Tuesday, December 03, 2013

Cross Country Skiing With Kids - 5 Ways to Make it FUN!

I may have threatened to give my son's skis away the first time we tried to get out skiing as a family last year.  (and this year.)  I'm not that sure my son would have even missed them had I gone ahead and sold them.  "Promise, you'll give them away?"  "Promise, we don't have to do this again, EVER?!"  Pretty hard to threaten your child when they'd be happy with the outcome.

Yet, we persevered last year and by the end of the season, Noah had skied a 3km loop all by himself with no sled to ride in.  (A loop that had a fair number of hills on it as I recall.)  This year I am not giving up either.  The first couple of times out were shaky    (totally my fault), but things have improved greatly and we actually had FUN last week.  Real fun, with laughing, giggling, and smiles!  There is hope!  And what I've learned, I pass on to you.  Why should we all suffer after all?

Make sure you read to the bottom of this guide for an outdoor family ski link up.  I've included links to some other great stories written by families in the trenches just like you and me, out there skiing with their kids, and enjoying it.  Read my story, read their stories, and let us all know what you think.

Cross Country Skiing at Nipika Mountain Resort Last Winter

Cross Country Skiing Made FUN

One - Games, Games, and more Games

Everything is more fun when playing games.  Here are some of our favourite:

  • Ski Golf - Put brightly coloured golf balls in the ski tracks, one per track (or more if you really want to have fun.) Have the child kick the golf ball as they ski, shuffling as fast as they can to the next golf ball that they get to kick with their ski. My son's technique has really improved with this game (along with his speed.)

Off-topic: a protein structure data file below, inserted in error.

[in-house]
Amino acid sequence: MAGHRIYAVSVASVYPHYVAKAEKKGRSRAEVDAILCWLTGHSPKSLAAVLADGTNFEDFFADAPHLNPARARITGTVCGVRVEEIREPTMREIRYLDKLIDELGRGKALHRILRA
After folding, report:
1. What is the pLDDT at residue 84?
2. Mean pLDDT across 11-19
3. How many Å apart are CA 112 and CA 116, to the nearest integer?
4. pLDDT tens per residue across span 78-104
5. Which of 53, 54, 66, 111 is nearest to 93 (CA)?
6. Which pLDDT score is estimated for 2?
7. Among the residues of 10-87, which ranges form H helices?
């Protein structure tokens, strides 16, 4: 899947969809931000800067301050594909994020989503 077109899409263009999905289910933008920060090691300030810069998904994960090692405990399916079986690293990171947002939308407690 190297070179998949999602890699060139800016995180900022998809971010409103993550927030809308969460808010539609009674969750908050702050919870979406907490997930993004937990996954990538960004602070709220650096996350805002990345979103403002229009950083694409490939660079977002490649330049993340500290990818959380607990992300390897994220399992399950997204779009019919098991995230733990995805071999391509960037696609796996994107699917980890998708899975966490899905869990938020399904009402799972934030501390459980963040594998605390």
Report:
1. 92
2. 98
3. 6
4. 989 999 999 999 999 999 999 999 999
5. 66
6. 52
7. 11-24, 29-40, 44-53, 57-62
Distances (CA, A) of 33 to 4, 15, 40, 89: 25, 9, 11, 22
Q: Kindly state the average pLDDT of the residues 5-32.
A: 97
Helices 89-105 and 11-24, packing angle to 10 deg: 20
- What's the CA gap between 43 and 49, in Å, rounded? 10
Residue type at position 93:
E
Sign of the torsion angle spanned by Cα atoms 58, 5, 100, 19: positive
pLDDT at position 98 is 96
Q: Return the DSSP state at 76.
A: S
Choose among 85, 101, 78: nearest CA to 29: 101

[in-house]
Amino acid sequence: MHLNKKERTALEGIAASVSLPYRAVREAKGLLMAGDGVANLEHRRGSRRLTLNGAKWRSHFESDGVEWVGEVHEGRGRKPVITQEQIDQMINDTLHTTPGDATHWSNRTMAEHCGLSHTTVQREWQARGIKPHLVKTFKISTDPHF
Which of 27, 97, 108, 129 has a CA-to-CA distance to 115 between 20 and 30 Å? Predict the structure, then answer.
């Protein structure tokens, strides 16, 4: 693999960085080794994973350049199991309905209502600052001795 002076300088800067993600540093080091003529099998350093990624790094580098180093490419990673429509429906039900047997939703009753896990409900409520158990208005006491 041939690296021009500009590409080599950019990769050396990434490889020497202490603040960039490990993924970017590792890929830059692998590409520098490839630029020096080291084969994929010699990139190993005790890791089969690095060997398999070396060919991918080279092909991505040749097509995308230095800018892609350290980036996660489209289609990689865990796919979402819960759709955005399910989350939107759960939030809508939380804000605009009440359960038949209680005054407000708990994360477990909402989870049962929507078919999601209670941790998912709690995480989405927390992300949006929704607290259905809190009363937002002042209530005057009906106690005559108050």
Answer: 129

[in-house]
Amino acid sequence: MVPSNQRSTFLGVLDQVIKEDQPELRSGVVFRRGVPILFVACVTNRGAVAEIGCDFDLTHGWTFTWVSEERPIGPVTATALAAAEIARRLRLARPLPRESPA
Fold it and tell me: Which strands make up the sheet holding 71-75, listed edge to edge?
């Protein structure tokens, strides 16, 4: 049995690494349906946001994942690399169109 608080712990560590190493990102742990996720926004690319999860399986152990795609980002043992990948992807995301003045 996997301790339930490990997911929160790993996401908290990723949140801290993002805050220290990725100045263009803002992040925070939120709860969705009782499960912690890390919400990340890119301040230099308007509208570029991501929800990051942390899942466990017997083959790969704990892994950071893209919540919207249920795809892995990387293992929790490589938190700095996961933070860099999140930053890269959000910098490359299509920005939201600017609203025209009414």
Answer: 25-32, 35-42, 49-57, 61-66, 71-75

• Fun Races - Can be played if you have a set of parallel tracks for two kids to race against each other (just make sure nobody is coming from the other direction and that you aren't stealing their tracks.)

  • Tag - Always fun.  Can be skied in or out of tracks

  • Red Light Green Light - Same as the regular version.  Leader calls out green light and kids ski.  Red light, they stop.  Goal is to make it to the finish line where the leader is, first.  Could be played in or out of tracks.

  • Football - Throw a football (or any ball) and have your child ski to retrieve it.  Keep throwing the ball in the direction you want your child to ski to move the pace along.

  • ABC Scavenger Hunt - Scatter ABC letters around a field and have your child/children ski around picking them up in order, A to Z.  This teaches them to bend over and stand up again and helps with balance.

  • Soccer - Can be played with a small ball that fits in the tracks (see ski golf above) or could be played in a field with no tracks.  Good as a team or individually between a child and parent.

To see a video of Ski Golf, follow this link to my YouTube video

Ski Soccer
Ski Golf
The goal of these games is to have fun, to associate skiing with fun, and to work on balance, coordination, and basic technique in a relaxed atmosphere.  Note that some children will be threatened by any game that involves competition if they tend to be of a more sensitive nature.  I know for my son, we have to remove the competition out of all games when he's learning a new sport.  Soccer can be a fun way to kick a ball around, chasing it around a field with mom or dad.  It doesn't have to be a full fledged game with nets and points.